Graphing Jack Kirby’s career using R

God bless Ray Owens, who compiled a web page itemising every page of Jack Kirby art by title, publication date etc. I decided to make a graph of the King’s entire career in comics, so I fired up R, rolled up my metaphorical sleeves and did the following:

First, I need to have the source code of the web pages loaded into R. The bibliography is split over six pages, so I use the following command to download all six and concatenate them into a single text string.

jkall <- paste(
   readLines( "" 
), readLines( "" 
), readLines( "" 
), readLines( "" 
), readLines( "" 
), readLines( "" 
), collapse="")

This gives me one big character vector with all the html code in. The code looks something like this:

<font color=#CC0000><u><b>Mar 1938</b></u></font color> (2)<br>Wags # 64 
: J B Powers (UK) - <b>The Count of Monte Cristo</b> (1)<br>Wags # 65 : J
 B Powers (UK) - <b>The Count of Monte Cristo</b> (1)<P><font color=#CC0000>
<u><b>Apr 1938</b></u></font color> (4)<br>Wags # 66 : J B Powers (UK)...

And so on. The parts I’m interested in are the monthly totals, which are always preceded by that ‘CC0000′ colour code. So I dig out the first seventy characters after each instance of that code (I’ll need the functions from the stringr library to do this easily).

raw <- str_extract_all(jkall,"CC0000.{70}")

I now have a 567-element character vector called raw, which looks like this:

[1] "CC0000><u><b>Mar 1938</b></u></font color> (2)<br>Wags # 64 : J B Powers (UK" 
[2] "CC0000><u><b>Apr 1938</b></u></font color> (4)<br>Wags # 66 : J B Powers (UK"
[567] "CC0000><u><b>Nov 1995</b></u></font color> (2)<br>Dark Horse Presents # 103 "

I now need to pull out the monthly total (the figure in parentheses) and the year for each element, so it’s time to break out the regular expressions.

year <- str_extract(raw[[1]],"19[0-9]{2}")
pages <- str_extract(str_extract(raw[[1]],"\\([0-9]+\\.?\\+?[0-9]?\\)"), 

And I’ll want to store the year and page numbers in a data frame.

jkdf <- data.frame(list(pages=as.numeric(pages),year=as.numeric(year)))

Okay. So what I have now looks like this:

    pages year
1     2.0 1938
2     4.0 1938
3     2.0 1938
4     8.0 1938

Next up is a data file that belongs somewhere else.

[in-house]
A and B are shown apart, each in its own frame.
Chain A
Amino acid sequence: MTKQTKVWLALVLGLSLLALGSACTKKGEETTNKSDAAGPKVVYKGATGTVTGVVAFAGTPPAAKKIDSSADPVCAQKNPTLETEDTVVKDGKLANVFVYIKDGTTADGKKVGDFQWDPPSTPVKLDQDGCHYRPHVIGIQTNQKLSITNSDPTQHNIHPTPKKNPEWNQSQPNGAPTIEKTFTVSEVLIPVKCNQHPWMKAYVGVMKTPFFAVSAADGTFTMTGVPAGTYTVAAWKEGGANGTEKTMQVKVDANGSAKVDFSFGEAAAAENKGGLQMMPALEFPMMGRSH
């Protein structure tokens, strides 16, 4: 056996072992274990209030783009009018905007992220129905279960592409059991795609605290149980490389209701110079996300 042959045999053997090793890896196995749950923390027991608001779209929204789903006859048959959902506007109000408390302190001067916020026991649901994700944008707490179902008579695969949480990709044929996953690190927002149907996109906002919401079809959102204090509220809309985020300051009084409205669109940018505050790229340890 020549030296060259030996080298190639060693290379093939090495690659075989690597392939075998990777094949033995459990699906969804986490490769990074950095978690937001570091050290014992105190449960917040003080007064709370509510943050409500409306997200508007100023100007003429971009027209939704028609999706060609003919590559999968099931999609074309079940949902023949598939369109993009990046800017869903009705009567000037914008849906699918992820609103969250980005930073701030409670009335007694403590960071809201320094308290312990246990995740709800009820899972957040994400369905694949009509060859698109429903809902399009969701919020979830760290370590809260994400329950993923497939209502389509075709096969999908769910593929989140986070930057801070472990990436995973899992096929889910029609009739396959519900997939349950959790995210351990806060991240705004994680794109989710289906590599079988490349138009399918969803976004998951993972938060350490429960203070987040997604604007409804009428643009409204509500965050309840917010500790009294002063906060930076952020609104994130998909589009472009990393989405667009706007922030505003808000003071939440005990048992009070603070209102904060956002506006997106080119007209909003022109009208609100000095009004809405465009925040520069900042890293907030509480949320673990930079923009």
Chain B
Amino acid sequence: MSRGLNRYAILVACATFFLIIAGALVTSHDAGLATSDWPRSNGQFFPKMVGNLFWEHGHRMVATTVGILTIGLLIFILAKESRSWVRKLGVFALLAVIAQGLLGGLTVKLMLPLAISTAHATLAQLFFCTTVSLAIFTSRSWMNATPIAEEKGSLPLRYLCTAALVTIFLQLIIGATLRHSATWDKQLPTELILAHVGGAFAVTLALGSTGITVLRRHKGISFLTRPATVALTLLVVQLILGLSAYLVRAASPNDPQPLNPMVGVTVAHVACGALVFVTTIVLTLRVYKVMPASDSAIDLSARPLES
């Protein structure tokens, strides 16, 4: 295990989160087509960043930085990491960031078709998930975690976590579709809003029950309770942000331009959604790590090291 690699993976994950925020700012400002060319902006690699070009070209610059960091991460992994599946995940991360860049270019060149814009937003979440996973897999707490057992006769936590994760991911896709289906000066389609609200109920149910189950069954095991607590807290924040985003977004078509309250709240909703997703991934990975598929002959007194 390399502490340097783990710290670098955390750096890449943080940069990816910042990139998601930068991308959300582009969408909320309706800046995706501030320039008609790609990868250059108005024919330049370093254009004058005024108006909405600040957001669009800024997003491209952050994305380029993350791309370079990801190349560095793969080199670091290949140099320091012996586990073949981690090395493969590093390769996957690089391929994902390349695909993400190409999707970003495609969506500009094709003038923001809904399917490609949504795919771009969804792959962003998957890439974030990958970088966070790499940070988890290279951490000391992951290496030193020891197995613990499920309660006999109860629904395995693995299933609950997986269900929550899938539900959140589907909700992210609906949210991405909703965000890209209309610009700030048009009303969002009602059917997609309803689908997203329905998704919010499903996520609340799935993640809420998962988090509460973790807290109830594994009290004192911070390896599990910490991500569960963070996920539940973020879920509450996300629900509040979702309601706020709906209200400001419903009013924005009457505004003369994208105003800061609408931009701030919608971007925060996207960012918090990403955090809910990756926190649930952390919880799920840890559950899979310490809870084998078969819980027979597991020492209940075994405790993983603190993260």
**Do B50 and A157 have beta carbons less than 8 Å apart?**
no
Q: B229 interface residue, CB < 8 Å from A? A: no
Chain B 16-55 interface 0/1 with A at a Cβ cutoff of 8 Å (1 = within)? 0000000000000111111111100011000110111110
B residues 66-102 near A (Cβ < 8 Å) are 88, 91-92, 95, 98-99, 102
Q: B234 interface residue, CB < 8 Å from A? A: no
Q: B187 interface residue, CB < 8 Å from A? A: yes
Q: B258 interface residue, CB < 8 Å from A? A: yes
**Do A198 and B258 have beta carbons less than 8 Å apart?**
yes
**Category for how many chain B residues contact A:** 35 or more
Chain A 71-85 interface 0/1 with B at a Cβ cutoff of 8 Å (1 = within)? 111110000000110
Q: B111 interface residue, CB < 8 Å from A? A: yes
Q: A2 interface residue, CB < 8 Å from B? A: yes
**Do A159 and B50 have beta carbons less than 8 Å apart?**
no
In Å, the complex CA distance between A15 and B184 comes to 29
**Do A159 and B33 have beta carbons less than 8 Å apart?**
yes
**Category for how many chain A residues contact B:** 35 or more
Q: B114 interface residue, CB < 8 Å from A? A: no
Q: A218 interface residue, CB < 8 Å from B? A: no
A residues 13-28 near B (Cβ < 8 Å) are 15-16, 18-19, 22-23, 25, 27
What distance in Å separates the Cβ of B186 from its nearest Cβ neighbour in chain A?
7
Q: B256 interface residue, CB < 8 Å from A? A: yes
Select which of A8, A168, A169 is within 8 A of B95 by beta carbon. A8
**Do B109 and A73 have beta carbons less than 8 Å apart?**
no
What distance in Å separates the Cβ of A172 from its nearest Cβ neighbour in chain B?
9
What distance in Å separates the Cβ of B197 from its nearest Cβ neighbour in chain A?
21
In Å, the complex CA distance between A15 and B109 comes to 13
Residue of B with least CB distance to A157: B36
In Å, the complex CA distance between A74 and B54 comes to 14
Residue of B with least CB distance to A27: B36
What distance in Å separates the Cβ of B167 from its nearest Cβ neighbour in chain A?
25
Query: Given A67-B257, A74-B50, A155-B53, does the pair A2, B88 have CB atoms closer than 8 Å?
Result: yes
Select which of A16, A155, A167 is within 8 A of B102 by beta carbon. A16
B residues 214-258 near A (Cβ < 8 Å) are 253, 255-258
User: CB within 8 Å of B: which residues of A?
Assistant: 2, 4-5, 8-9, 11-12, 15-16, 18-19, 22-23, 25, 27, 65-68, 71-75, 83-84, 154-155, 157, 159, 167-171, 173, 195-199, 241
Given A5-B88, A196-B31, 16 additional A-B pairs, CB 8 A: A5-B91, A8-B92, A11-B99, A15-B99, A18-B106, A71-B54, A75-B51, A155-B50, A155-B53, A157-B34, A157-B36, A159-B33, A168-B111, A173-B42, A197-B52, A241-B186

5     8.0 1938
562   3.0 1994
563   2.0 1994
564   2.0 1994
565   2.0 1994
566   0.5 1995
567   2.0 1995

What I want is to sum all the pages by year, ready for plotting on my graph. I create a summary data frame using the aggregate function and rename the elements for simplicity.

yrtotals <- aggregate(jkdf$pages,list(jkdf$year),sum)
names(yrtotals) <- c("year","pages")

Now to plot the graph, using ggplot2.

ggplot(yrtotals,aes(x=year,y=pages)) + geom_line()

Et voila:

Doesn’t look terrible, but I want to clean it up a bit. First the axes and plot title.

last_plot() + theme_bw()
last_plot() + scale_y_continuous("Published comic art pages per year", expand=c(0,0),
 limits=c(0,1300), breaks=seq(from=0,to=1300,by=100)) + scale_x_continuous(
"Source:",breaks=seq(from=1940,to=1995,by=5)) + 
opts(axis.title.x = theme_text(hjust=1, vjust=0, size=8), 
title="Jack Kirby's career in comics", plot.title=theme_text(hjust=0.5, 
vjust=1, size=16))

I think this is nearly done, but I want to add a couple of annotations. First, that sudden dip to fewer than 100 pages published in 1945 came about because Kirby was fighting in World War II. Secondly, that sustained burst of productivity in the 1960s: what we now know as the Marvel age. I’m going to add some shaded rectangles to the graph to highlight those periods.

jkhighlight <- data.frame(list(start=c(1943,1961),end=c(1945,1970), 
period=c("Military service","The Marvel Age")))
last_plot() + geom_rect(aes(NULL, NULL, xmin=start, xmax=end, fill=period),
 ymin=0, ymax=1300, data=jkhighlight,alpha=0.3) + scale_fill_manual("",

Okay, done.

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2 thoughts on “Graphing Jack Kirby’s career using R

  1. [...] described in a previous post, I had made a chart of Jack Kirby’s career as a comics artist. The finished product looked [...]

  2. [...] A sottolineare l’enorme quantità di lavoro pubblicata, di per sè incredibile, ci ha pensato un blogger dedito allo studio analitico creando un grafico che rende bene il quadro [...]

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